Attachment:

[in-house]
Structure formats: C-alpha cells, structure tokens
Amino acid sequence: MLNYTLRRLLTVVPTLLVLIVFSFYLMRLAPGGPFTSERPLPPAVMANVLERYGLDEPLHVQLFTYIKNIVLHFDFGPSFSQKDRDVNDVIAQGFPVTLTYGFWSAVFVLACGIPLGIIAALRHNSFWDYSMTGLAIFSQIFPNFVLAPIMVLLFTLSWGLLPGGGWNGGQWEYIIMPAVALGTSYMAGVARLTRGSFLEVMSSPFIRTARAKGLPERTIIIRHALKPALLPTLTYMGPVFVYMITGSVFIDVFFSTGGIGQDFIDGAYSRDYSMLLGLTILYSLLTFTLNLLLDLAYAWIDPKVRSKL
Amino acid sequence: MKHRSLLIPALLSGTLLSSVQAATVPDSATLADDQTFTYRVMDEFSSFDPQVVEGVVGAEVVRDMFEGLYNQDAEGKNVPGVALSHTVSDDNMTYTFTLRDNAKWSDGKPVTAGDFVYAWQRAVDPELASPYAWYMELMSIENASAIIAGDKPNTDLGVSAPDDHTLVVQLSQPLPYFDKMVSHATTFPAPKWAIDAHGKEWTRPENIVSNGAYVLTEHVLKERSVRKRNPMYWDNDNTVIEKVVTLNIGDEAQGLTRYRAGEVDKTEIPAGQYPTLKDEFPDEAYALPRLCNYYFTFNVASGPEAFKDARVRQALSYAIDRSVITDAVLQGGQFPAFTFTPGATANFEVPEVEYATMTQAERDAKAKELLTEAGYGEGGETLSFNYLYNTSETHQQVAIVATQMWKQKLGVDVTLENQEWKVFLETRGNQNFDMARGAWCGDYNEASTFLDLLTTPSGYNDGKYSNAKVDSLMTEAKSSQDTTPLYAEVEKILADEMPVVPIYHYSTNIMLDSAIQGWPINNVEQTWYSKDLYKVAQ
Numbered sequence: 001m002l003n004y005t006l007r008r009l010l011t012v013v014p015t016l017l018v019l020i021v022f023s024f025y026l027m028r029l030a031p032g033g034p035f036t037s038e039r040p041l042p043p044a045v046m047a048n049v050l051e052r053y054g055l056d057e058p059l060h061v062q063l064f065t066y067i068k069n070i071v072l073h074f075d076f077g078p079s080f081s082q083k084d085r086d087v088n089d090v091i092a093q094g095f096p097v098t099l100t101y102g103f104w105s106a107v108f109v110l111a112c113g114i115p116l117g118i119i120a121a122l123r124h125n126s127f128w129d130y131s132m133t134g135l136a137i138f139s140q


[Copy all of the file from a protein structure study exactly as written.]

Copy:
[in-house]
Structure formats: C-alpha cells, structure tokens
Amino acid sequence: MLNYTLRRLLTVVPTLLVLIVFSFYLMRLAPGGPFTSERPLPPAVMANVLERYGLDEPLHVQLFTYIKNIVLHFDFGPSFSQKDRDVNDVIAQGFPVTLTYGFWSAVFVLACGIPLGIIAALRHNSFWDYSMTGLAIFSQIFPNFVLAPIMVLLFTLSWGLLPGGGWNGGQWEYIIMPAVALGTSYMAGVARLTRGSFLEVMSSPFIRTARAKGLPERTIIIRHALKPALLPTLTYMGPVFVYMITGSVFIDVFFSTGGIGQDFIDGAYSRDYSMLLGLTILYSLLTFTLNLLLDLAYAWIDPKVRSKL
Amino acid sequence: MKHRSLLIPALLSGTLLSSVQAATVPDSATLADDQTFTYRVMDEFSSFDPQVVEGVVGAEVVRDMFEGLYNQDAEGKNVPGVALSHTVSDDNMTYTFTLRDNAKWSDGKPVTAGDFVYAWQRAVDPELASPYAWYMELMSIENASAIIAGDKPNTDLGVSAPDDHTLVVQLSQPLPYFDKMVSHATTFPAPKWAIDAHGKEWTRPENIVSNGAYVLTEHVLKERSVRKRNPMYWDNDNTVIEKVVTLNIGDEAQGLTRYRAGEVDKTEIPAGQYPTLKDEFPDEAYALPRLCNYYFTFNVASGPEAFKDARVRQALSYAIDRSVITDAVLQGGQFPAFTFTPGATANFEVPEVEYATMTQAERDAKAKELLTEAGYGEGGETLSFNYLYNTSETHQQVAIVATQMWKQKLGVDVTLENQEWKVFLETRGNQNFDMARGAWCGDYNEASTFLDLLTTPSGYNDGKYSNAKVDSLMTEAKSSQDTTPLYAEVEKILADEMPVVPIYHYSTNIMLDSAIQGWPINNVEQTWYSKDLYKVAQ
Numbered sequence: 001m002l003n004y005t006l007r008r009l010l011t012v013v014p015t016l017l018v019l020i021v022f023s024f025y026l027m028r029l030a031p032g033g034p035f036t037s038e039r040p041l042p043p044a045v046m047a048n049v050l051e052r053y054g055l056d057e058p059l060h061v062q063l064f065t066y067i068k069n070i071v072l073h074f075d076f077g078p079s080f081s082q083k084d085r086d087v088n089d090v091i092a093q094g095f096p097v098t099l100t101y102g103f104w105s106a107v108f109v110l111a112c113g114i115p116l117g118i119i120a121a122l123r124h125n126s127f128w129d130y131s132m133t134g135l136a137i138f139s140q